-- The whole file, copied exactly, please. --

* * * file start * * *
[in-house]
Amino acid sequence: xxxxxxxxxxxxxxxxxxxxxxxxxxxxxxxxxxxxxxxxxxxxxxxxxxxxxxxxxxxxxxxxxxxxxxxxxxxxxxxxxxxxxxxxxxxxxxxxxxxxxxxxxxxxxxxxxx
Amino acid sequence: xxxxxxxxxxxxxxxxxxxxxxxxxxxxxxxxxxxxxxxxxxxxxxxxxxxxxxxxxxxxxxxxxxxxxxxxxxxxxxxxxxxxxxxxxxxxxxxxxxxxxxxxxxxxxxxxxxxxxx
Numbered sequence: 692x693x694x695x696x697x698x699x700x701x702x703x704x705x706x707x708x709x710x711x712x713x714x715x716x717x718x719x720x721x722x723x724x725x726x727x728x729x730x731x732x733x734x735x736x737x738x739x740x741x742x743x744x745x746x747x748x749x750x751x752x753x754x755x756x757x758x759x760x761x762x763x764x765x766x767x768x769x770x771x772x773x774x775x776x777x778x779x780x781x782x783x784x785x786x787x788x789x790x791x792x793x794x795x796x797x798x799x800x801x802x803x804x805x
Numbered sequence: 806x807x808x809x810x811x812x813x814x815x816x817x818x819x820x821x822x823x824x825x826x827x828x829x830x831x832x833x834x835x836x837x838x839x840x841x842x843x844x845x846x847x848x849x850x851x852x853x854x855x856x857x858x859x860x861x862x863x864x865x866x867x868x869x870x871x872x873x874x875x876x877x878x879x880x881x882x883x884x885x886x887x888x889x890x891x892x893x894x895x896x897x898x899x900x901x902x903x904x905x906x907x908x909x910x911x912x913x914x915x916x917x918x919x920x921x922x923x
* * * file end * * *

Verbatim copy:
[in-house]
Amino acid sequence: xxxxxxxxxxxxxxxxxxxxxxxxxxxxxxxxxxxxxxxxxxxxxxxxxxxxxxxxxxxxxxxxxxxxxxxxxxxxxxxxxxxxxxxxxxxxxxxxxxxxxxxxxxxxxxxxxx
Amino acid sequence: xxxxxxxxxxxxxxxxxxxxxxxxxxxxxxxxxxxxxxxxxxxxxxxxxxxxxxxxxxxxxxxxxxxxxxxxxxxxxxxxxxxxxxxxxxxxxxxxxxxxxxxxxxxxxxxxxxxxxx
Numbered sequence: 692x693x694x695x696x697x698x699x700x701x702x703x704x705x706x707x708x709x710x711x712x713x714x715x716x717x718x719x720x721x722x723x724x725x726x727x728x729x730x731x732x733x734x735x736x737x738x739x740x741x742x743x744x745x746x747x748x749x750x751x752x753x754x755x756x757x758x759x760x761x762x763x764x765x766x767x768x769x770x771x772x773x774x775x776x777x778x779x780x781x782x783x784x785x786x787x788x789x790x791x792x793x794x795x796x797x798x799x800x801x802x803x804x805x
Numbered sequence: 806x807x808x809x810x811x812x813x814x815x816x817x818x819x820x821x822x823x824x825x826x827x828x829x830x831x832x833x834x835x836x837x838x839x840x841x842x843x844x845x846x847x848x849x850x851x852x853x854x855x856x857x858x859x860x861x862x863x864x865x866x867x868x869x870x871x872x873x874x875x876x877x878x879x880x881x882x883x884x885x886x887x888x889x890x891x892x893x894x895x896x897x898x899x900x901x902x903x904x905x906x907x908x909x910x911x912x913x914x915x916x917x918x919x920x921x922x923x